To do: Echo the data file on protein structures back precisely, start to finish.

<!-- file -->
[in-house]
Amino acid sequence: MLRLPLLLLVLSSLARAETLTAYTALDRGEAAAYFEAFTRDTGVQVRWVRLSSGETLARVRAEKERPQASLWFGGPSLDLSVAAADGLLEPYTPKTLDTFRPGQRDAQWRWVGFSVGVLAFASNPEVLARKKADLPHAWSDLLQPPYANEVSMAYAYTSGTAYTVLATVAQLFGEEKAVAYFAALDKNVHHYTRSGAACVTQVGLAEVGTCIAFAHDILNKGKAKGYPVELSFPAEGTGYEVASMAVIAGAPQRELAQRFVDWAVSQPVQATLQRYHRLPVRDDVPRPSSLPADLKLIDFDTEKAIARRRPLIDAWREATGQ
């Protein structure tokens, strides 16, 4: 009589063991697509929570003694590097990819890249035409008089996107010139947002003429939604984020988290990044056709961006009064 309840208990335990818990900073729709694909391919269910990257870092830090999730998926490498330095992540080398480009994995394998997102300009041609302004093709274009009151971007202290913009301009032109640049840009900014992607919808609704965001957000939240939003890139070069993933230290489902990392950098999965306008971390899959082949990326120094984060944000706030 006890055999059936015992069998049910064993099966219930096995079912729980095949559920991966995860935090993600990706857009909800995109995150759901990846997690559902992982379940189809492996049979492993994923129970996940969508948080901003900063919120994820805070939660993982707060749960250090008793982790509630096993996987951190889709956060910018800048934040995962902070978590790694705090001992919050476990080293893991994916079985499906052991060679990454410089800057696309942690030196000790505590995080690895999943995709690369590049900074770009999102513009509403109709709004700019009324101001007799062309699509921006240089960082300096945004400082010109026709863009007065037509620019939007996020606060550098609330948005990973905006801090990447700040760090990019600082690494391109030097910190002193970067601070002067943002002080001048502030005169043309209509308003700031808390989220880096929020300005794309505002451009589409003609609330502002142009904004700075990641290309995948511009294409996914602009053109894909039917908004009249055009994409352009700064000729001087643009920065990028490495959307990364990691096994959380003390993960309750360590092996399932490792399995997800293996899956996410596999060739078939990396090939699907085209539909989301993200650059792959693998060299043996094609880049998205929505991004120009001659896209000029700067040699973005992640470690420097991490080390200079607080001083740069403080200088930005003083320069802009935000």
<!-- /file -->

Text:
[in-house]
Amino acid sequence: MLRLPLLLLVLSSLARAETLTAYTALDRGEAAAYFEAFTRDTGVQVRWVRLSSGETLARVRAEKERPQASLWFGGPSLDLSVAAADGLLEPYTPKTLDTFRPGQRDAQWRWVGFSVGVLAFASNPEVLARKKADLPHAWSDLLQPPYANEVSMAYAYTSGTAYTVLATVAQLFGEEKAVAYFAALDKNVHHYTRSGAACVTQVGLAEVGTCIAFAHDILNKGKAKGYPVELSFPAEGTGYEVASMAVIAGAPQRELAQRFVDWAVSQPVQATLQRYHRLPVRDDVPRPSSLPADLKLIDFDTEKAIARRRPLIDAWREATGQ
């Protein structure tokens, strides 16, 4: 009589063991697509929570003694590097990819890249035409008089996107010139947002003429939604984020988290990044056709961006009064 309840208990335990818990900073729709694909391919269910990257870092830090999730998926490498330095992540080398480009994995394998997102300009041609302004093709274009009151971007202290913009301009032109640049840009900014992607919808609704965001957000939240939003890139070069993933230290489902990392950098999965306008971390899959082949990326120094984060944000706030 006890055999059936015992069998049910064993099966219930096995079912729980095949559920991966995860935090993600990706857009909800995109995150759901990846997690559902992982379940189809492996049979492993994923129970996940969508948080901003900063919120994820805070939660993982707060749960250090008793982790509630096993996987951190889709956060910018800048934040995962902070978590790694705090001992919050476990080293893991994916079985499906052991060679990454410089800057696309942690030196000790505590995080690895999943995709690369590049900074770009999102513009509403109709709004700019009324101001007799062309699509921006240089960082300096945004400082010109026709863009007065037509620019939007996020606060550098609330948005990973905006801090990447700040760090990019600082690494391109030097910190002193970067601070002067943002002080001048502030005169043309209509308003700031808390989220880096929020300005794309505002451009589409003609609330502002142009904004700075990641290309995948511009294409996914602009053109894909039917908004009249055009994409352009700064000729001087643009920065990028490495959307990364990691096994959380003390993960309750360590092996399932490792399995997800293996899956996410596999060739078939990396090939699907085209539909989301993200650059792959693998060299043996094609880049998205929505991004120009001659896209000029700067040699973005992640470690420097991490080390200079607080001083740069403080200088930005003083320069802009935000």